SINGAPORE - National University of Singapore (NUS) researchers can now identify cancer cells by studying their acidity or pH levels using artificial intelligence technology.
This technique could be potentially useful in detecting cancer cells in tissue samples, either obtained from tumour biopsies or liquid biopsies, which are blood tests.
"As the number of cells in these samples can be in millions or even billions, the ability to detect the very few cancer cells among the others will be useful for clinicians," said Professor Lim Chwee Teck, director of the the Institute for Health Innovation and Technology (iHealthtech) at NUS.
The living cells are first coated with a layer of bromothymol blue, a pH-sensitive dye that changes colour according to acidity levels.
Due to its intracellular activity, each type of cell displays its own "fingerprint", which consists of a unique combination of red, green and blue (RGB) components when it is illuminated.
Cancer cells have an altered pH - resulting in lower acidic levels. This means that the cells react differently to the dye, which leads to different RGB fingerprints.
These fingerprints can then be captured using a microscope equipped with a digital colour camera.
Using an AI-based algorithm, thousands of cells originating from the same tissue can then be imaged and classified into normal or cancer cells.
Each cancer test can be completed in under 35 minutes, and each cell can be classified with an accuracy rate of more than 95 per cent.
The research findings were published in the scientific journal APL Bioengineering on March 16.
"This demonstrates the potential of our technique to be used as a fast, inexpensive and accurate tool for cancer diagnosis," said Prof Lim, who led the research study.
The researchers also extended their analysis to differentiate between benign and metastatic cancer cell lines.
They investigated four different cell types: normal cells, benign breast tumour cells, breast cancer cells and pancreatic cancer cells.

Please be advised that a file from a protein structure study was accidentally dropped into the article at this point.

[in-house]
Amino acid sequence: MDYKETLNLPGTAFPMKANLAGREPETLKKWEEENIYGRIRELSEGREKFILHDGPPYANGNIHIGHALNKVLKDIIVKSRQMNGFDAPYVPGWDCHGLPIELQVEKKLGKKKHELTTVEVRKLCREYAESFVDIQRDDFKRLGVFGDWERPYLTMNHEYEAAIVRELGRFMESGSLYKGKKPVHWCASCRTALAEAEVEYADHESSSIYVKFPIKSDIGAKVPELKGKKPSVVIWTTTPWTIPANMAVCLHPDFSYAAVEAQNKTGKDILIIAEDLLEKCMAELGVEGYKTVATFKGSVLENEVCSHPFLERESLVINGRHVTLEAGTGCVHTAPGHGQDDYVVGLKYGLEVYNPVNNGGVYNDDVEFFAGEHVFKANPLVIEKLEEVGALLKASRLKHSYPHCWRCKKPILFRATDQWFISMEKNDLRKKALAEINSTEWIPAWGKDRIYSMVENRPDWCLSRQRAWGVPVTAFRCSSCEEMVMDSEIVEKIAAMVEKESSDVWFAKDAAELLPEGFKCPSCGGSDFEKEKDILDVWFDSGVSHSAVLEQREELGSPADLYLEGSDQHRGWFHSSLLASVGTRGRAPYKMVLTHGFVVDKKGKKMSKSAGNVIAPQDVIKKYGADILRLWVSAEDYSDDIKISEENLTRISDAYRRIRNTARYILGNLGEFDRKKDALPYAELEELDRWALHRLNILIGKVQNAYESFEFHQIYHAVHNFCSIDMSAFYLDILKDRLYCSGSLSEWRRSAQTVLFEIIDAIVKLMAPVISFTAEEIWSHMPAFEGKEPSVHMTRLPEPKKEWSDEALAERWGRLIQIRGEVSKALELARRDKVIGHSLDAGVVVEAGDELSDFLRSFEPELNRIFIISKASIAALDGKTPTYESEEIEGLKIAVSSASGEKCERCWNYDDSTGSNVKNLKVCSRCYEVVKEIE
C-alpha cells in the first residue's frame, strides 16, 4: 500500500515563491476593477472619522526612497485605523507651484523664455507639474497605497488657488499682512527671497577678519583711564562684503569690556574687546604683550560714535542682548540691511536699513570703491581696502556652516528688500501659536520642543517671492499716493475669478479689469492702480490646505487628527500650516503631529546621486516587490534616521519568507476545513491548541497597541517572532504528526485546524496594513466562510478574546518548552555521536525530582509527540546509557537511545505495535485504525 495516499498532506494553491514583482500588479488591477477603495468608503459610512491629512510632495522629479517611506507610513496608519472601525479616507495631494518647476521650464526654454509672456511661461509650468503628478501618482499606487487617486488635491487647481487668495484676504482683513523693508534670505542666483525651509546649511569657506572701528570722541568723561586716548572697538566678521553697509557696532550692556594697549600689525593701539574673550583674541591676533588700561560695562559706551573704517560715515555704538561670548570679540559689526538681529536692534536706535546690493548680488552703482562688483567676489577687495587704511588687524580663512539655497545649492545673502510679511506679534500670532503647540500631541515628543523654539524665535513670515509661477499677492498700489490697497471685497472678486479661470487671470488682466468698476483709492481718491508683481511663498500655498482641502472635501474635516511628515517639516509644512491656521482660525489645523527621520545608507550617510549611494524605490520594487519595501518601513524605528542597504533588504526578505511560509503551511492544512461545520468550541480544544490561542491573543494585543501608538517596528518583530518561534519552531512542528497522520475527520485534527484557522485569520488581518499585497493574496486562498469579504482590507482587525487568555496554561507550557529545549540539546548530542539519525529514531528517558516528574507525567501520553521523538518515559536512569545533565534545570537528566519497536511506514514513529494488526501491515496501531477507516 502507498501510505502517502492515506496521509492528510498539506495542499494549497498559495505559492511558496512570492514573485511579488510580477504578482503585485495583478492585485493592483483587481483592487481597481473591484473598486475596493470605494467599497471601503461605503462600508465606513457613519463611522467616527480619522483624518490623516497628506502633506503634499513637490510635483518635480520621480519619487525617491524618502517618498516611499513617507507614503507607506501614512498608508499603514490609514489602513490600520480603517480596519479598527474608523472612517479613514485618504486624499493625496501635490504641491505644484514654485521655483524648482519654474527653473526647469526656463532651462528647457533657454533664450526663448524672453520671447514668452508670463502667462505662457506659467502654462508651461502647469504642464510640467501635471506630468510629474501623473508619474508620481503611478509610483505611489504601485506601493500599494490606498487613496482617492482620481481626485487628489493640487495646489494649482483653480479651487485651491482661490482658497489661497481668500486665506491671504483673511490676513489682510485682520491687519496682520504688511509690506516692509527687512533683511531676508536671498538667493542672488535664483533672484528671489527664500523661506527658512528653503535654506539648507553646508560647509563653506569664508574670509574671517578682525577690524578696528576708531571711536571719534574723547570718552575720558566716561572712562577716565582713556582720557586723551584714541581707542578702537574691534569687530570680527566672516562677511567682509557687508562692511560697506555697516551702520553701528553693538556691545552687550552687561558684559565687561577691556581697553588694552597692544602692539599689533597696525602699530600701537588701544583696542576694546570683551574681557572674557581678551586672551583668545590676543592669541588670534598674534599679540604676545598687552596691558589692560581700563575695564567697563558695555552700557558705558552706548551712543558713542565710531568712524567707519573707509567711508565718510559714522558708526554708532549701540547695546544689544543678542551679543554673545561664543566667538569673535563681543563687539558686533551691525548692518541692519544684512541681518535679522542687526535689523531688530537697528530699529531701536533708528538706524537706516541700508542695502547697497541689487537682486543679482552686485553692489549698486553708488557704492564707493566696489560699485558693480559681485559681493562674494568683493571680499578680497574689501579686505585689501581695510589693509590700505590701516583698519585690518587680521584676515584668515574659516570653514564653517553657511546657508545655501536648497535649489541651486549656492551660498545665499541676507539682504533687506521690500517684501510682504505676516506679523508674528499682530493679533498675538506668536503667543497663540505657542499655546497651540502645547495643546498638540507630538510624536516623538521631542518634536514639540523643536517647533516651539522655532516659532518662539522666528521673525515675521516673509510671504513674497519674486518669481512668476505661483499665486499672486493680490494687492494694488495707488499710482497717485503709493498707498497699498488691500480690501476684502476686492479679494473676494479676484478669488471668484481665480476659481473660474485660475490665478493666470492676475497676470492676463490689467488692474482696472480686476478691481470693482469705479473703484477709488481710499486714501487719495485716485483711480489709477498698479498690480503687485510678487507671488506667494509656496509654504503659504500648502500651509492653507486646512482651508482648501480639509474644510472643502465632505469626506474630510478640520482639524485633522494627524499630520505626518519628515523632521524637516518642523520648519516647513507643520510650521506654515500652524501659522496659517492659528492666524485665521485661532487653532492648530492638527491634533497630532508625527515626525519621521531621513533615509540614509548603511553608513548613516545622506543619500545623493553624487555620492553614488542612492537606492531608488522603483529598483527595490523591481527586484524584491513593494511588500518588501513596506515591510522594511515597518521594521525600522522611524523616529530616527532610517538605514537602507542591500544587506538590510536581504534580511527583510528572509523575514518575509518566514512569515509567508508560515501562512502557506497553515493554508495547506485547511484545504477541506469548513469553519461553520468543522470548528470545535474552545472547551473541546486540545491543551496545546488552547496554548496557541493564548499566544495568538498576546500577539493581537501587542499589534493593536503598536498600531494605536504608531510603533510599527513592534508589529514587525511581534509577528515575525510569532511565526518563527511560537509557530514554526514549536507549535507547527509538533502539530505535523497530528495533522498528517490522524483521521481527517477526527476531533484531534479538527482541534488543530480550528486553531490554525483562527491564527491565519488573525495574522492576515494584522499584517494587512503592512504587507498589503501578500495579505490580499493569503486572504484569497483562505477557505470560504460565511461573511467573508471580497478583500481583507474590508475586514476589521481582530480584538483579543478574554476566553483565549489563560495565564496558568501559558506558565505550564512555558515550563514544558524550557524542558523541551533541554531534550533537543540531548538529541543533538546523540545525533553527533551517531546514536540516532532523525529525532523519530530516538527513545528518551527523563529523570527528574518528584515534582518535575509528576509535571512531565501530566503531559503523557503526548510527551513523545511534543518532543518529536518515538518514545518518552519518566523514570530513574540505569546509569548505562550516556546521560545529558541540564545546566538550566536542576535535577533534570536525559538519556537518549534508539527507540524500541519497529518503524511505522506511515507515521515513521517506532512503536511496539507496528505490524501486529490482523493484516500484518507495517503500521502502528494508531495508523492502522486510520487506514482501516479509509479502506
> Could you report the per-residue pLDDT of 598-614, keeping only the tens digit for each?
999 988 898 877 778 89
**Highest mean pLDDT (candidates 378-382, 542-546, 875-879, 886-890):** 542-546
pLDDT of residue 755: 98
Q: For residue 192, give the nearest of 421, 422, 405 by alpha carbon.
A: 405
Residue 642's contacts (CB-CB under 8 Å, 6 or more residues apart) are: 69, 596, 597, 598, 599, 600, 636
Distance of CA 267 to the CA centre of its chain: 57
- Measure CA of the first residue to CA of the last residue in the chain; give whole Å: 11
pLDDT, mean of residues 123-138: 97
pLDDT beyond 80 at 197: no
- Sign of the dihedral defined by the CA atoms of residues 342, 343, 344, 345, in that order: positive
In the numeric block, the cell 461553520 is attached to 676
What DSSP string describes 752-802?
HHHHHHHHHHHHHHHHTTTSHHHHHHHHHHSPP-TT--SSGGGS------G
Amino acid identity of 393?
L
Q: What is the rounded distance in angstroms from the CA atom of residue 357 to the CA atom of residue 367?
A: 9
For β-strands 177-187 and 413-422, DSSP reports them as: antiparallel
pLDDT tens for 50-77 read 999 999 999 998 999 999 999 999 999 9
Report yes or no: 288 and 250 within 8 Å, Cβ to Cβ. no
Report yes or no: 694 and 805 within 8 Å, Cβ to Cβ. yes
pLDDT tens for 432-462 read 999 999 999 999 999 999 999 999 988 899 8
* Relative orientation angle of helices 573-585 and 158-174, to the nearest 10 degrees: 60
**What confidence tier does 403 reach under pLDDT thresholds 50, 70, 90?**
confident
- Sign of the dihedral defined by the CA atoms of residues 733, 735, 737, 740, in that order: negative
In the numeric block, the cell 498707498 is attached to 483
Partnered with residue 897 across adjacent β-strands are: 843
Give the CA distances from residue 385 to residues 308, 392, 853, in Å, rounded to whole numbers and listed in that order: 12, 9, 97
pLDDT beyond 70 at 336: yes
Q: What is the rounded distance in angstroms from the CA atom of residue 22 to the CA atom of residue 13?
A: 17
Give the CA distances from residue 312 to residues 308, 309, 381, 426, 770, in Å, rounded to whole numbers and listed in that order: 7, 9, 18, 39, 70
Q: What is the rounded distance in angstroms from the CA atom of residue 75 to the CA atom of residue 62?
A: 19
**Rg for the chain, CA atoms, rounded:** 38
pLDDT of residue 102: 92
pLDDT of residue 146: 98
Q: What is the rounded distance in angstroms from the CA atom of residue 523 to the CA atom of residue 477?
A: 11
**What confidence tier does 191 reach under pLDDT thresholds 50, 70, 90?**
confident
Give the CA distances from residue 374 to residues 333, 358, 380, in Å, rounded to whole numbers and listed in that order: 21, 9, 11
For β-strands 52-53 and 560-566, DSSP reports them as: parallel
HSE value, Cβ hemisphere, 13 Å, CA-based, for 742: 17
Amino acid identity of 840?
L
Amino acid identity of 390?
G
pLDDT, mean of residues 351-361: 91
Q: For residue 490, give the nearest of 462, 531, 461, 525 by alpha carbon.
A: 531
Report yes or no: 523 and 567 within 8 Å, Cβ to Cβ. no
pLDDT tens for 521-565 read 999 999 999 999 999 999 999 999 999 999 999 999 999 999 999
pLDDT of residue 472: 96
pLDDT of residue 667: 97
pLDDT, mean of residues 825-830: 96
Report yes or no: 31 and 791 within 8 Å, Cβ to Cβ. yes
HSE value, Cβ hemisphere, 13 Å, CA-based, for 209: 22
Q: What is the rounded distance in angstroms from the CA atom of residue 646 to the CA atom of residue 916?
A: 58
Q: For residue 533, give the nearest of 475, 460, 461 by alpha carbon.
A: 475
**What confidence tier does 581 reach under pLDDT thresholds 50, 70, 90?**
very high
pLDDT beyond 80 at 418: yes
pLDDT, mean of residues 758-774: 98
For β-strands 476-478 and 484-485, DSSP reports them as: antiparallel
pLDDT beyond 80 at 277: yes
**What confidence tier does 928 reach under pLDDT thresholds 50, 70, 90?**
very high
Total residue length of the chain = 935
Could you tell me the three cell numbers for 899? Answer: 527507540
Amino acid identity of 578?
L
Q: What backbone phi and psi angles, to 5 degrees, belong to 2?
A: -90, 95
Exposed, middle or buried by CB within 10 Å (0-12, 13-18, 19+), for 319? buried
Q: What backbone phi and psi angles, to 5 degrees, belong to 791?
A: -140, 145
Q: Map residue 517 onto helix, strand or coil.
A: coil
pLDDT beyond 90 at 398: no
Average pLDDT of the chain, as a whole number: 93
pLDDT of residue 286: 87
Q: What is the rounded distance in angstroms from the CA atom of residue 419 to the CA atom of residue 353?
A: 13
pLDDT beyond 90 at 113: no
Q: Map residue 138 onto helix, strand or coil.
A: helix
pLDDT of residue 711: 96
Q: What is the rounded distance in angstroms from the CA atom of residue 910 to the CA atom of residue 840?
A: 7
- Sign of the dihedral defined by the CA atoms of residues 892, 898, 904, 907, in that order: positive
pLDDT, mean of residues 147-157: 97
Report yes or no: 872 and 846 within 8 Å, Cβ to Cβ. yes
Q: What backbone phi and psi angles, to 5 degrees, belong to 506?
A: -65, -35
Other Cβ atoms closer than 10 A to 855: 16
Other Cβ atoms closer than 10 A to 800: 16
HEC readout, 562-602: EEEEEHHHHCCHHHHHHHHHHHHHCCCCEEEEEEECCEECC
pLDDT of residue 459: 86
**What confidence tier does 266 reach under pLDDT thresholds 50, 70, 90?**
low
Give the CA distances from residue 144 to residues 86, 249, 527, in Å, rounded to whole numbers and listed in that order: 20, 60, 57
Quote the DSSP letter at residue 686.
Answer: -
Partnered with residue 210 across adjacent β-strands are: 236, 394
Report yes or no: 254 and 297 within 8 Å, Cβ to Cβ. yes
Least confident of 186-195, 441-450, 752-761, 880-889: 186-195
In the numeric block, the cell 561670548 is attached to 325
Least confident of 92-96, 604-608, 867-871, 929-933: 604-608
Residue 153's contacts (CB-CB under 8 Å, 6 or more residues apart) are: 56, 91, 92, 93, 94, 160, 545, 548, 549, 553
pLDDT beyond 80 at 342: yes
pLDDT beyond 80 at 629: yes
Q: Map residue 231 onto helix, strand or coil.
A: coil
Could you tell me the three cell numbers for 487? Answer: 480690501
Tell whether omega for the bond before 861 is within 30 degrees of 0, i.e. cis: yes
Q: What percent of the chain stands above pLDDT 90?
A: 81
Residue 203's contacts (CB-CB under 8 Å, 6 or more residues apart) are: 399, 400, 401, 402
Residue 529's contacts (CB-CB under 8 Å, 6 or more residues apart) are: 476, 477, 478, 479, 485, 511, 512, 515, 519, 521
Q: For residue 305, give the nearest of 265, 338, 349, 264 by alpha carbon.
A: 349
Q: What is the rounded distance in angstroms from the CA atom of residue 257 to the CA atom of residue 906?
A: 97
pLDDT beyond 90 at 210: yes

These cells were identified and classified with an accuracy rate of 93 per cent, said Dr Yuri Belotti, research fellow at the NUS iHealthtech.
He added that the accuracy rate of the algorithm depends on how different the cellular RGB fingerprints are from each other, and the number of cells the AI algorithm learns to identify.
More importantly, using this technique can keep the cancer cells alive, so that clinicians could culture them for drug tests in future, said Prof Lim.
Current imaging techniques often require elaborate cell preparation steps, and often induce toxic effects on the cells, eventually killing them.
The team envisions a real-time diagnostic technique where clinicians are able to diagnose cancer at any stage based on the sample obtained from a blood test.
"Our previous studies had shown that the number of circulating tumour cells obtained from a blood draw does correlate with the (patient's) stage of cancer.
"So we hope to be able to detect and ascertain these number of circulating tumour cells and even their malignancies by performing cell by cell imaging and analysis as they flow through a channel in a microfluidic chip," said Prof Lim.
This can be extended to monitor cancer progression, effectiveness of a treatment, and even alerting the risk of a relapse after a successful treatment, he added.